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I am sure it’s not stretching your imagination too much to picture this as a time of emotional and practical upheaval in which I’ve been more than usually buffeted by the tides of life. There has been awe and amazement and joy.  There has been grief and pain and exhaustion. There have been a lot of mixed feelings–complicated situations give rise to complicated reactions. And I’ve spent some time recently feeling profoundly exhausted and with my friends letting me know of their concern for me.

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In situations of difficulty and complexity, I often find myself holding my friends and beloveds in my mind–sometimes asking what they would do; sometimes drawing solace from their love for me, their confidence in me or their preparedness to forgive me; sometimes remembering things they have said or done; mentally sharing an experience that I know they have had before me; drawing on their courage and wisdom or their capacity for integrity and compassion; or simply holding them in my mind as companions in complicated moments. In recent times I’ve found myself mentally writing blog posts and thus holding you in my mind.  Thanks for the company. I hope I might write some of those posts, however belatedly.

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Wasting less while travelling

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The last few months have included some travel for various reasons. I think it’s obvious that air travel raises my carbon footprint and should be avoided when possible. But perhaps I’ve already mentioned that my life is full of contradictions?  I’m trying to do what I can, when I can. When I went to Brisbane I was lucky enough to be able to buy vegetables and fruit at the local farmers’ market.  It was luck!  I had no idea it would be close to where I was staying.  I’d selected accommodation so I’d have less traveling each day I was there, and so I could travel by ferry when I needed public transport. In another spot of luck, I’d been saving my peelings and pits in the fridge for a few days trying to figure out whether my only option was to put them in the bin, when I realised I was walking distance from New Farm community garden.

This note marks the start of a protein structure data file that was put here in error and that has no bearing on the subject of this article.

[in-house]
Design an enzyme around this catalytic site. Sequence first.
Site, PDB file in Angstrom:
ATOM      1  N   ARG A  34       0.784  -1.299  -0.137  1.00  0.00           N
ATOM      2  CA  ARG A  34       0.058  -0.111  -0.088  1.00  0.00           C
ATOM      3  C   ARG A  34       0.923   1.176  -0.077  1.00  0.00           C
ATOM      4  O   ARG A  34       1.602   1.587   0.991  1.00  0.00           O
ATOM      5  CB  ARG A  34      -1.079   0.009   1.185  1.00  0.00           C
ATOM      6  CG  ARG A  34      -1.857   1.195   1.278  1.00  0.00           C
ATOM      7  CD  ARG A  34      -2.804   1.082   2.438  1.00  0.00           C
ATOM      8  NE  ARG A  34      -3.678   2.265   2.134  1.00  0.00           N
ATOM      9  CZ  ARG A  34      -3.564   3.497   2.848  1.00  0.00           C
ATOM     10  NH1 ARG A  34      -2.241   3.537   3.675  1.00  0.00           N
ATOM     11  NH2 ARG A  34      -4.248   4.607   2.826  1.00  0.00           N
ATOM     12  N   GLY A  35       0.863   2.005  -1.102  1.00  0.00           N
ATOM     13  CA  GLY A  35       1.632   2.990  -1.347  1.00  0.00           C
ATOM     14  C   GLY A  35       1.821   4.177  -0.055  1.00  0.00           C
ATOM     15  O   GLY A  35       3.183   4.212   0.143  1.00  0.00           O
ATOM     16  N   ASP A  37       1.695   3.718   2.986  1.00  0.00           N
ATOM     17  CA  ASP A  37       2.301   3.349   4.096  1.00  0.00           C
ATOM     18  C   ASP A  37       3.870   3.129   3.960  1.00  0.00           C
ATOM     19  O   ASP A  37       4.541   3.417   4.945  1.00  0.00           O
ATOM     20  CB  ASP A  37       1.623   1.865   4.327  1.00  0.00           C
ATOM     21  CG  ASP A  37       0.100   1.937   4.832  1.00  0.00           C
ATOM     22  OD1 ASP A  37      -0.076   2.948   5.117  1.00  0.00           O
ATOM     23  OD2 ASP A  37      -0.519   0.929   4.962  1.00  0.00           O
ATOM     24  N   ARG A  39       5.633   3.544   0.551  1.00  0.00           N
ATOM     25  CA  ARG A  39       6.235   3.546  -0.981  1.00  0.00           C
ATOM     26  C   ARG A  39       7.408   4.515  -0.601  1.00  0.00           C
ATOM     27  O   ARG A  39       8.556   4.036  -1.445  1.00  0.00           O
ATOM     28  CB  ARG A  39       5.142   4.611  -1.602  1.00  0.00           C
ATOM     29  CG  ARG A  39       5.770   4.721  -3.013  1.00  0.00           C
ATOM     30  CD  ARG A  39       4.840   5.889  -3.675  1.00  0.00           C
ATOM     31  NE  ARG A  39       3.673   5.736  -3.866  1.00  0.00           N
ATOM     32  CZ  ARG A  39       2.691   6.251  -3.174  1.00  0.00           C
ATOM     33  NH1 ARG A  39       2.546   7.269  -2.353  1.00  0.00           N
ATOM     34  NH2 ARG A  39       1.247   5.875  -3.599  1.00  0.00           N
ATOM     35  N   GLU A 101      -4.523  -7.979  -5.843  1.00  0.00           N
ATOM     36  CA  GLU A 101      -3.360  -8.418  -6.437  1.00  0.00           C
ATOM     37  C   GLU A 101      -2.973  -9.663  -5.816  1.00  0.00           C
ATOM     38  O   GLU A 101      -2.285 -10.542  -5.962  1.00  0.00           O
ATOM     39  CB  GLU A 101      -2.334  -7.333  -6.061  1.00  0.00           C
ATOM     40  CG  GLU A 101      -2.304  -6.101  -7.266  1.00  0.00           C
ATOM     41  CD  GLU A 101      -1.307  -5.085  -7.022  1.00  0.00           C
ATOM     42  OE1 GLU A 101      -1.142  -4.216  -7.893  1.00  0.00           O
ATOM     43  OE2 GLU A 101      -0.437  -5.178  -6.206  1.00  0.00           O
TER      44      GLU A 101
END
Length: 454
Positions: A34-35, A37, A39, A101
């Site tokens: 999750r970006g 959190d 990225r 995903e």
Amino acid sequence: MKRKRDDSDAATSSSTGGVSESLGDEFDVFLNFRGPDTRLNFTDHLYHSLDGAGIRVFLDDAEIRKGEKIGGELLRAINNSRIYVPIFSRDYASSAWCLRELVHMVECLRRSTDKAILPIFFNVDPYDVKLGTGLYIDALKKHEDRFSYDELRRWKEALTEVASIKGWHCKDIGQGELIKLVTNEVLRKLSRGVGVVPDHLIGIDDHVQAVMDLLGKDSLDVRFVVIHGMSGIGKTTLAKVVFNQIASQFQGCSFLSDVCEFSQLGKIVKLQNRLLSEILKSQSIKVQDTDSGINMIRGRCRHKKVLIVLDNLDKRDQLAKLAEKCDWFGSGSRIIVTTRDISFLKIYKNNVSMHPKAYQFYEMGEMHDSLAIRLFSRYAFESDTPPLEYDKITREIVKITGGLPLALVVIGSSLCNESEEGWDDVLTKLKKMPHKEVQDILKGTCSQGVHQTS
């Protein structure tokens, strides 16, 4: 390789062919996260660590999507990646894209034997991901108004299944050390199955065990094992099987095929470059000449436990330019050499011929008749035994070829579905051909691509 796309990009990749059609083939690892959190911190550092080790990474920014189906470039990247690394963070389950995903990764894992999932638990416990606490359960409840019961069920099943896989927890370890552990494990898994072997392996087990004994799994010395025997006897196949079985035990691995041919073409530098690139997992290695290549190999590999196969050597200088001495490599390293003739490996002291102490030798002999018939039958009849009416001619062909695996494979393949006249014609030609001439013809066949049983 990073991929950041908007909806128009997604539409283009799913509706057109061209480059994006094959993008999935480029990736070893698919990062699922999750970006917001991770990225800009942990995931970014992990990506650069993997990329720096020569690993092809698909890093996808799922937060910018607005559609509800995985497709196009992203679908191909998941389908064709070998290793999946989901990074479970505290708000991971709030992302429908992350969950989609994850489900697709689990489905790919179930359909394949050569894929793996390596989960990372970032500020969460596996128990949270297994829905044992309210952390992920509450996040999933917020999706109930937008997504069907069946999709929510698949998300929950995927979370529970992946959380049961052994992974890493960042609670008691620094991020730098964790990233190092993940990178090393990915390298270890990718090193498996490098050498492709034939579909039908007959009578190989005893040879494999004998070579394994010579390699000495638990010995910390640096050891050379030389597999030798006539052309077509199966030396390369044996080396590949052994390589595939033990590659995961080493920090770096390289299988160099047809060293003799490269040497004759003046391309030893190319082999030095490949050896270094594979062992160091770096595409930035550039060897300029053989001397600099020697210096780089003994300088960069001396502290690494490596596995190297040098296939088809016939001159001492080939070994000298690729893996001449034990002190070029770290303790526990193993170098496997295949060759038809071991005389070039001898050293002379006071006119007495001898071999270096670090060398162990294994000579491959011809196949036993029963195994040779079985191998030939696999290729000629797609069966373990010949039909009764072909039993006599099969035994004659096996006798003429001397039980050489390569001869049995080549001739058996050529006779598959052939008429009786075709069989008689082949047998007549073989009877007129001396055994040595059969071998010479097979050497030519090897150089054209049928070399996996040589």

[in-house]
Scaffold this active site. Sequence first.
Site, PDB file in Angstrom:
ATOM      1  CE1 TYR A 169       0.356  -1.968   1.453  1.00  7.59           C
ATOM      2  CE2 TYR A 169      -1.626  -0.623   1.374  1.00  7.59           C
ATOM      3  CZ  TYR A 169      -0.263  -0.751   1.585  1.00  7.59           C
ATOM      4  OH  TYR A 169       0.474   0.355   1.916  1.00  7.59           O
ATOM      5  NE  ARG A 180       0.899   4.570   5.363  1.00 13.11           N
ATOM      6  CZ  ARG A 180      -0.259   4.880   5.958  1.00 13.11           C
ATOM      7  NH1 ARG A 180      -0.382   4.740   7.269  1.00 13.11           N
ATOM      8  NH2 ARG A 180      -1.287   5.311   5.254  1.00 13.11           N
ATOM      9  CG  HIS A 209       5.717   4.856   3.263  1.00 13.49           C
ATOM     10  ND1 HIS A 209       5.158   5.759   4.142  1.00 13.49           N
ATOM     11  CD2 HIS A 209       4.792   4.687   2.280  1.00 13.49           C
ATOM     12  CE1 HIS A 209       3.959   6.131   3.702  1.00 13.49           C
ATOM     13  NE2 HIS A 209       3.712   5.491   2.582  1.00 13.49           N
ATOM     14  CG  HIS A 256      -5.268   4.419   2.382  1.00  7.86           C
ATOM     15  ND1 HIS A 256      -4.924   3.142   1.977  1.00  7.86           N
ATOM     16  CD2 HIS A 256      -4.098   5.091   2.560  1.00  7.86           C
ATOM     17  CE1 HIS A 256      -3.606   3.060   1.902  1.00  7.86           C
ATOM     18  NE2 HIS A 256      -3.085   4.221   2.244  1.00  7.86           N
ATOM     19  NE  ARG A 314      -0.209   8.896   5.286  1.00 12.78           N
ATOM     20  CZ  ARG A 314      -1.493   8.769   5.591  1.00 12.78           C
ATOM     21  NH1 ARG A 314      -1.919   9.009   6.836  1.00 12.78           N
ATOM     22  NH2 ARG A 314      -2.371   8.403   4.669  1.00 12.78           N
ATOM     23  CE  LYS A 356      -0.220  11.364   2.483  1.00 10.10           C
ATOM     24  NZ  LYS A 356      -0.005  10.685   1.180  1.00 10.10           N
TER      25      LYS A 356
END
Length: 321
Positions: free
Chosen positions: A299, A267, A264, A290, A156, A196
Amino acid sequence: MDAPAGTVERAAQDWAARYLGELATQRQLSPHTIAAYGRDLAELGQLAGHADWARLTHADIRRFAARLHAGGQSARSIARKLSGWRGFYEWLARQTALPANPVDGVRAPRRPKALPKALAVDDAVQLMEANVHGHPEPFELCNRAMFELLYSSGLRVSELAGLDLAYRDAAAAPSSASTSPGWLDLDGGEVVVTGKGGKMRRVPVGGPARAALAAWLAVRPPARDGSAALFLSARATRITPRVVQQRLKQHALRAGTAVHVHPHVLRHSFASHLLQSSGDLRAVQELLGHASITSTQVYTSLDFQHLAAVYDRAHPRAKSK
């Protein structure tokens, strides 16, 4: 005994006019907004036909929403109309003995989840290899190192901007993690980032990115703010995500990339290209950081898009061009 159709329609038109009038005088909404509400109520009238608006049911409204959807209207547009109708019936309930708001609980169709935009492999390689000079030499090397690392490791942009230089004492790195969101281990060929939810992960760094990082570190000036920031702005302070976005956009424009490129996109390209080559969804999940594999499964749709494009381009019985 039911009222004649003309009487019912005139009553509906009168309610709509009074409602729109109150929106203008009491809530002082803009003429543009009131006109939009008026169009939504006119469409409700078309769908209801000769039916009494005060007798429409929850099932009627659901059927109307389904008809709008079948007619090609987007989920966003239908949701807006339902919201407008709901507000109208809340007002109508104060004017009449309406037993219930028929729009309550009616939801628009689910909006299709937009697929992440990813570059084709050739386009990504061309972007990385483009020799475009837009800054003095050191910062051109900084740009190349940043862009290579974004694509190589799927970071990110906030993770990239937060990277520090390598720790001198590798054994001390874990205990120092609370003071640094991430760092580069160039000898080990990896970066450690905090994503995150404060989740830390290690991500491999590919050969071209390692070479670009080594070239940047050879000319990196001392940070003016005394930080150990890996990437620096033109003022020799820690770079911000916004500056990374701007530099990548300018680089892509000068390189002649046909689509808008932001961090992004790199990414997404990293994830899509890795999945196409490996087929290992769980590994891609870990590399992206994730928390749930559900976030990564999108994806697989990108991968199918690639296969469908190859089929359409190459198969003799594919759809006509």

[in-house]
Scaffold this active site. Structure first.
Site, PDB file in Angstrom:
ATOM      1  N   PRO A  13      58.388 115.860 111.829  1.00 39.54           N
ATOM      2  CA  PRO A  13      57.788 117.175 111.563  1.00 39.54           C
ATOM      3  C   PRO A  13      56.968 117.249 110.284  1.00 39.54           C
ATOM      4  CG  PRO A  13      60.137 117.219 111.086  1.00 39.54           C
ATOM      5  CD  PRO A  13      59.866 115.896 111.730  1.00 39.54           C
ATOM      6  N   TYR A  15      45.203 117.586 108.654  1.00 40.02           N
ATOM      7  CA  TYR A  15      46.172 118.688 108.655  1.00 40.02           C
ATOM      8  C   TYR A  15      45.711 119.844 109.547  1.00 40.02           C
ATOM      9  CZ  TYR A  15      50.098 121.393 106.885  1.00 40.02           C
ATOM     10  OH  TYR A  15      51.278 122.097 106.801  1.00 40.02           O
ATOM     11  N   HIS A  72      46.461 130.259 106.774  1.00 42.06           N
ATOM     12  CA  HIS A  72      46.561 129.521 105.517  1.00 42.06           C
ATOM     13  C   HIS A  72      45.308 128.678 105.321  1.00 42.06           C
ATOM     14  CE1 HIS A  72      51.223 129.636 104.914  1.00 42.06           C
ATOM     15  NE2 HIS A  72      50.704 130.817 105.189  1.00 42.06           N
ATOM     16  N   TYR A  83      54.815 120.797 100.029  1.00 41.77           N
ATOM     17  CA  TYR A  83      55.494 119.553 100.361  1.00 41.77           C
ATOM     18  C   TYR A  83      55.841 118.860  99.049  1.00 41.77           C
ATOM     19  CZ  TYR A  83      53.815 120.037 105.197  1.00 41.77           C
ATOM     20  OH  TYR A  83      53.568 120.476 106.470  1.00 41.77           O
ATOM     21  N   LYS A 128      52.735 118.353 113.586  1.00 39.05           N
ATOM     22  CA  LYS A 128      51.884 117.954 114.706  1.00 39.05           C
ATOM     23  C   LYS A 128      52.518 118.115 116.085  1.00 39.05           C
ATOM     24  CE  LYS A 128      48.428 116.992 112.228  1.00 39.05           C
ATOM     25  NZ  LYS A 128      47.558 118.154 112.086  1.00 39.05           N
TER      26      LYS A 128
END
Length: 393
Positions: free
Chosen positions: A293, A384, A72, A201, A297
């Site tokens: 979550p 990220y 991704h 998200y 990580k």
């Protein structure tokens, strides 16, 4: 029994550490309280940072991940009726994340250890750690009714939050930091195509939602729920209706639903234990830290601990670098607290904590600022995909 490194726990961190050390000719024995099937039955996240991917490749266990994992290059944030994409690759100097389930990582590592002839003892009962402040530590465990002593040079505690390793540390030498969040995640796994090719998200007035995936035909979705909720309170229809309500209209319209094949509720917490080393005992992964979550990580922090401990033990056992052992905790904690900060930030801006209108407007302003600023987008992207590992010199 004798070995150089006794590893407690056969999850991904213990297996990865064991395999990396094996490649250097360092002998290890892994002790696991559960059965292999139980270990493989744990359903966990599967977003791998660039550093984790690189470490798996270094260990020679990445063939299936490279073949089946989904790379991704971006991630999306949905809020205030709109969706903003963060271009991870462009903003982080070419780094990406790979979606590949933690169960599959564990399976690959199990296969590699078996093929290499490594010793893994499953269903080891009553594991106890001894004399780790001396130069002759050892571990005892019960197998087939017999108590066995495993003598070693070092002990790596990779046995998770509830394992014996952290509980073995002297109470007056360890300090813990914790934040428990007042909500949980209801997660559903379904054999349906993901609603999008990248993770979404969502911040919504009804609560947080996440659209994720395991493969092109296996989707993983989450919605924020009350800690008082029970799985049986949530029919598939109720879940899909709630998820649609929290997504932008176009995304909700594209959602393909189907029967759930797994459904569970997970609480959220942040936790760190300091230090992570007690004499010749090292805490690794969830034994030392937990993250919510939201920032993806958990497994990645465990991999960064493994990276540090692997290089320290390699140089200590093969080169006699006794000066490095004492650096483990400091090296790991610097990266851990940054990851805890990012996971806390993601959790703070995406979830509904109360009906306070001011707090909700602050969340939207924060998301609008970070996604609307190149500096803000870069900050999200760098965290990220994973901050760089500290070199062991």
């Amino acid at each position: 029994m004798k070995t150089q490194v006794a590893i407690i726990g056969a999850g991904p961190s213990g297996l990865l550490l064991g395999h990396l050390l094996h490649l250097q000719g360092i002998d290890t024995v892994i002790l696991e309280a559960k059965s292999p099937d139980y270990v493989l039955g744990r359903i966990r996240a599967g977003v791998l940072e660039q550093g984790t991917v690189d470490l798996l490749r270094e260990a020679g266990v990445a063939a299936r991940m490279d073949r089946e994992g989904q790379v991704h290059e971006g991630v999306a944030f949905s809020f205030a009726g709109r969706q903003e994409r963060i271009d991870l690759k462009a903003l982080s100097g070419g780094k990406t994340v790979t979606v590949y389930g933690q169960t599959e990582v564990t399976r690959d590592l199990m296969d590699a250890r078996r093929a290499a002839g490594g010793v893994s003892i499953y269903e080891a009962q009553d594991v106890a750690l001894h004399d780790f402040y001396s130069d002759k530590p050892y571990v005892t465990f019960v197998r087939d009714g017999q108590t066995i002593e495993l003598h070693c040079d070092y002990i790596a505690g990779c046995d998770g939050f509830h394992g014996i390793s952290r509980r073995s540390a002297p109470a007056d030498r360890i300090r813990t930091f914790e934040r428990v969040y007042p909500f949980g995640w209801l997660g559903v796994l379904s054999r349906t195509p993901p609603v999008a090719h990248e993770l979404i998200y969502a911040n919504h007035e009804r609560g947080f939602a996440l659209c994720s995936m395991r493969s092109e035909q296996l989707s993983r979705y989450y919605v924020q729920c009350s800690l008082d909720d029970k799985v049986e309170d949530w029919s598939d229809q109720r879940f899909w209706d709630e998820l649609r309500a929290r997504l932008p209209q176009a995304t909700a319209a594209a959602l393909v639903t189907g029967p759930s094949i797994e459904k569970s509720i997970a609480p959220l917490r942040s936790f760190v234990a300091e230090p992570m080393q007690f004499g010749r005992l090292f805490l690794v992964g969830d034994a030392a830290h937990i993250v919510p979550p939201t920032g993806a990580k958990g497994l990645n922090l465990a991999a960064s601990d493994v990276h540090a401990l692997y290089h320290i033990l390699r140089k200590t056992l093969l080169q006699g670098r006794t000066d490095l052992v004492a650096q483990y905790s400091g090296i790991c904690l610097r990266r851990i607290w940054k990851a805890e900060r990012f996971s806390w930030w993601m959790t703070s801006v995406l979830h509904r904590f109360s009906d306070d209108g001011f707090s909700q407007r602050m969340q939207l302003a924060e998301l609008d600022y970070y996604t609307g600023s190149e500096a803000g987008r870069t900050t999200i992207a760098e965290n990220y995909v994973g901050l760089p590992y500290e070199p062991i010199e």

I was convinced a community garden would have a composting system I could sneak my scraps into, but imagine my delight to discover a community composting hub! I went back a couple of times because it’s mango season and there I was making cold rolls for dinner and eating a mango every day.  And because the community garden was brilliant. My other travelling with less waste discovery was in Melbourne, where the lovely out-laws took us to Coburg Farmer’s market. There was live music, there was delicious food–and there was a no single use policy on cups, plates and utensils.  So there was a serious washing station with clearly explained steps, and lots of people large and small using it.